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Friday, April 13, 2007

Testing the Macaque Genome

We've already been looking at the macaque genome for several months but now that the genome paper is being published I thought some of you might be interested in how the preliminary data stacks up to what we expect.

I'm interested in a family of gene known as the HSP70 gene family. The genes encode the major cellular chaperone that's responsible for correct protein folding. HSP70 is the most highly conserved gene known [Evolution of the HSP70 Gene Family].

We know how many genes there are in mammalian genomes so we can search the macaque genome at Rhesus Macaque Genome Resources to see if the expected genes are present. Here's the result.
HSPA1A: not present, probably due to incomplete sequence or annotation

HSPA1B: correct gene/protein

HSPA1L: correct gene/protein + one incorrect isoform that's really a splicing artifact

HSPA2: not present, probably due to incomplete genome or annotation

HSPA5/BiP: correct gene/protein + one incorrect alternatively spliced isoform that's really an artifact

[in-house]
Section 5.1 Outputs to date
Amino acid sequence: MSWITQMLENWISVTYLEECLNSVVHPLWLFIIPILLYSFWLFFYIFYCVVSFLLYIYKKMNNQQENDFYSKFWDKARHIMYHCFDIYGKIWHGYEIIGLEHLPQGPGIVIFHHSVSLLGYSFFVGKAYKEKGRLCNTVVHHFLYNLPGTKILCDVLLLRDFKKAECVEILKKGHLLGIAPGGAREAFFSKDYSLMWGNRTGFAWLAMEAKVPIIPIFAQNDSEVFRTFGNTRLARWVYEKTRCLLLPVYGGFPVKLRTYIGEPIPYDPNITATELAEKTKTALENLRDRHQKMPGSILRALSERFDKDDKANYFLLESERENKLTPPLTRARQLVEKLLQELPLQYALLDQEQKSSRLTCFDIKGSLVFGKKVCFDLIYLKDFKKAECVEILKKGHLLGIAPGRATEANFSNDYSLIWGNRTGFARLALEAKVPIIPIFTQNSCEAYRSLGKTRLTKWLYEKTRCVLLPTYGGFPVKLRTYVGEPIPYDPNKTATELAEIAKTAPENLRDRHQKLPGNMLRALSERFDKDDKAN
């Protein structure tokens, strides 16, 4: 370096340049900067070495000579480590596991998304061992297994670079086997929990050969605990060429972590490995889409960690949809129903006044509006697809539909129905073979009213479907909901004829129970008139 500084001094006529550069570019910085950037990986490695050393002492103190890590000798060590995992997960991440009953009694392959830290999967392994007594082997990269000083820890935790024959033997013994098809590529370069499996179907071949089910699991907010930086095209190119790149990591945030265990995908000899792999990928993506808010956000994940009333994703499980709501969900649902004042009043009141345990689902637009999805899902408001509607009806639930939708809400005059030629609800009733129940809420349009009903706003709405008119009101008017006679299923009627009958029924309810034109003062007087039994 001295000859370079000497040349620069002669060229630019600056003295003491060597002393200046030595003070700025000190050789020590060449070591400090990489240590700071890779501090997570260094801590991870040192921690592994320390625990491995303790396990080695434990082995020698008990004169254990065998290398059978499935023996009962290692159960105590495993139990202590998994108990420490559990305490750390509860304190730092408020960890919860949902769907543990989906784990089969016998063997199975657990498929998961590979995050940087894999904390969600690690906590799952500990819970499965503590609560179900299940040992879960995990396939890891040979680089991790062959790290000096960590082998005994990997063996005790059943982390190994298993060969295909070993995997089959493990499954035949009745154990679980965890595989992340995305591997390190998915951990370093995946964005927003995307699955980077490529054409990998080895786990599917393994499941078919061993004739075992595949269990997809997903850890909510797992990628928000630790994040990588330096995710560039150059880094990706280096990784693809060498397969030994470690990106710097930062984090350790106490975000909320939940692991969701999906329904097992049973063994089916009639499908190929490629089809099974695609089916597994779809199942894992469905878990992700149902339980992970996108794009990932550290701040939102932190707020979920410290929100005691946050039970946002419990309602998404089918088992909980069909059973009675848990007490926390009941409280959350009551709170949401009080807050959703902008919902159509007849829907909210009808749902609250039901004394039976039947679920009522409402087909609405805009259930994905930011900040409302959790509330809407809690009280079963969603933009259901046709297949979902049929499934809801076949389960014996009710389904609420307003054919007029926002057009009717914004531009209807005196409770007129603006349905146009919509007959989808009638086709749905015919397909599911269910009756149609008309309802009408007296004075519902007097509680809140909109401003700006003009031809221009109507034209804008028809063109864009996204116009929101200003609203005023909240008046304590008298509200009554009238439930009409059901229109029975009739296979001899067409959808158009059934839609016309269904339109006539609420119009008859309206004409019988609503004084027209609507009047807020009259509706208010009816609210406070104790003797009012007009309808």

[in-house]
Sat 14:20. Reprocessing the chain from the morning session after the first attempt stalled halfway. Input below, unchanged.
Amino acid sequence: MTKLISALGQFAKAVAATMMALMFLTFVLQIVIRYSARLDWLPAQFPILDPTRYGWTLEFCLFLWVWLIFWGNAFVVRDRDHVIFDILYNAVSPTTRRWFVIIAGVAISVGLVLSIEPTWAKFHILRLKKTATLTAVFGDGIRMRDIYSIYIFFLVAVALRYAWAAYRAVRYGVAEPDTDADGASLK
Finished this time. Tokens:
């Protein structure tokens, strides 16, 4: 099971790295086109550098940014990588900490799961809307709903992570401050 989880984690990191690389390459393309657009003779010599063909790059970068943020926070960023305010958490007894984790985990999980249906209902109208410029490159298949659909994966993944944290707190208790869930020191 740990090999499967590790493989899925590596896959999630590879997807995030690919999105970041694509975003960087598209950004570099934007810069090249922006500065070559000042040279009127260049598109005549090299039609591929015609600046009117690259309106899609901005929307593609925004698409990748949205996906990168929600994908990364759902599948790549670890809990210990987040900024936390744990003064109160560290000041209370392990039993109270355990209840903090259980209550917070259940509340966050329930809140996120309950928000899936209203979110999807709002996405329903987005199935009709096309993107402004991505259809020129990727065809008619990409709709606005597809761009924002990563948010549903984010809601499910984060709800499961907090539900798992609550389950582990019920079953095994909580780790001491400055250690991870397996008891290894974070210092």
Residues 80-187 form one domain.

HSPA8: one single correct gene/protein

HSP9B/mtHSP70: correct gene/protein + three incorrect isoforms generated by EST artifacts
That's not too bad for an initial draft sequence. Two genes are missing and so are several pseudogenes. I assume they'll turn up later when the genome sequence is being finished. Most of the splicing artifacts have been ignored by the annotators but a few have slipped through. They'll be deleted later on when the annotators are informed that the isoforms don't exist.

All in all, this is much better than most genome sequences at this stage. It's a bit better than the chimp genome but still a long way from the quality of the human genome. The mouse genome is almost as good as the human genome. Keep in mind that dozens of labs have been working on the human genome annotation for over six years since the sequence was first published. The cow, dog, frog and several fish genomes are in much worse shape and the chicken and sea urchin genomes are practically useless.

Horse, opossum, rat, pig, rabbit, cat, sheep, tree shrew, guinea pig, hedgehog, elephant, and platypus genomes are still at the assembly stage [Ensemble Genome Browser].

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